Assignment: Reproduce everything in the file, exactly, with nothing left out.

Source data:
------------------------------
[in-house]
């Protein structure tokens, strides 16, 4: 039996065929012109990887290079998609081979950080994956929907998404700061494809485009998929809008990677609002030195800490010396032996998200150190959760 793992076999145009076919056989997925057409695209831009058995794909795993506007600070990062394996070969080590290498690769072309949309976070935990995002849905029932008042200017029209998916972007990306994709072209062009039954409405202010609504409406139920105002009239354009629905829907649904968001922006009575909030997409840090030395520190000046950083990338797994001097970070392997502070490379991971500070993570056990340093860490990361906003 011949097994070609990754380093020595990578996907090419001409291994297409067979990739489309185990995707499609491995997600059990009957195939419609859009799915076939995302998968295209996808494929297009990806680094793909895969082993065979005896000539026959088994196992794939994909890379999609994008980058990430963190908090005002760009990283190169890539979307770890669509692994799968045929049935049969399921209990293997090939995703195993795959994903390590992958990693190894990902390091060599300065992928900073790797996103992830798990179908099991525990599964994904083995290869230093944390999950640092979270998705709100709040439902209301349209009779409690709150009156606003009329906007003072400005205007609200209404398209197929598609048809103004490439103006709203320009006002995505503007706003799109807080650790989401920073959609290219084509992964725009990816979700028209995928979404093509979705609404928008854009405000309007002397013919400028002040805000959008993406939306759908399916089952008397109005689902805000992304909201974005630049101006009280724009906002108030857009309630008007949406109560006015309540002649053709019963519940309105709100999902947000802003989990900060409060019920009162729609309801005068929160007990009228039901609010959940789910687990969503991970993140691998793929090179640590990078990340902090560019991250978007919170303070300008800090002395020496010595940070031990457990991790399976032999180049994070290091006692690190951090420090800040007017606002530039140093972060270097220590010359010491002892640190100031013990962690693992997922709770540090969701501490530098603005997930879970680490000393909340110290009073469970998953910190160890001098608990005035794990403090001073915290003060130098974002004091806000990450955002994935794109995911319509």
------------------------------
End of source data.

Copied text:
[in-house]
């Protein structure tokens, strides 16, 4: 039996065929012109990887290079998609081979950080994956929907998404700061494809485009998929809008990677609002030195800490010396032996998200150190959760 793992076999145009076919056989997925057409695209831009058995794909795993506007600070990062394996070969080590290498690769072309949309976070935990995002849905029932008042200017029209998916972007990306994709072209062009039954409405202010609504409406139920105002009239354009629905829907649904968001922006009575909030997409840090030395520190000046950083990338797994001097970070392997502070490379991971500070993570056990340093860490990361906003 011949097994070609990754380093020595990578996907090419001409291994297409067979990739489309185990995707499609491995997600059990009957195939419609859009799915076939995302998968295209996808494929297009990806680094793909895969082993065979005896000539026959088994196992794939994909890379999609994008980058990430963190908090005002760009990283190169890539979307770890669509692994799968045929049935049969399921209990293997090939995703195993795959994903390590992958990693190894990902390091060599300065992928900073790797996103992830798990179908099991525990599964994904083995290869230093944390999950640092979270998705709100709040439902209301349209009779409690709150009156606003009329906007003072400005205007609200209404398209197929598609048809103004490439103006709203320009006002995505503007706003799109807080650790989401920073959609290219084509992964725009990816979700028209995928979404093509979705609404928008854009405000309007002397013919400028002040805000959008993406939306759908399916089952008397109005689902805000992304909201974005630049101006009280724009906002108030857009309630008007949406109560006015309540002649053709019963519940309105709100999902947000802003989990900060409060019920009162729609309801005068929160007990009228039901609010959940789910687990969503991970993140691998793929090179640590990078990340902090560019991250978007919170303070300008800090002395020496010595940070031990457990991790399976032999180049994070290091006692690190951090420090800040007017606002530039140093972060270097220590010359010491002892640190100031013990962690693992997922709770540090969701501490530098603005997930879970680490000393909340110290009073469970998953910190160890001098608990005035794990403090001073915290003060130098974002004091806000990450955002994935794109995911319509």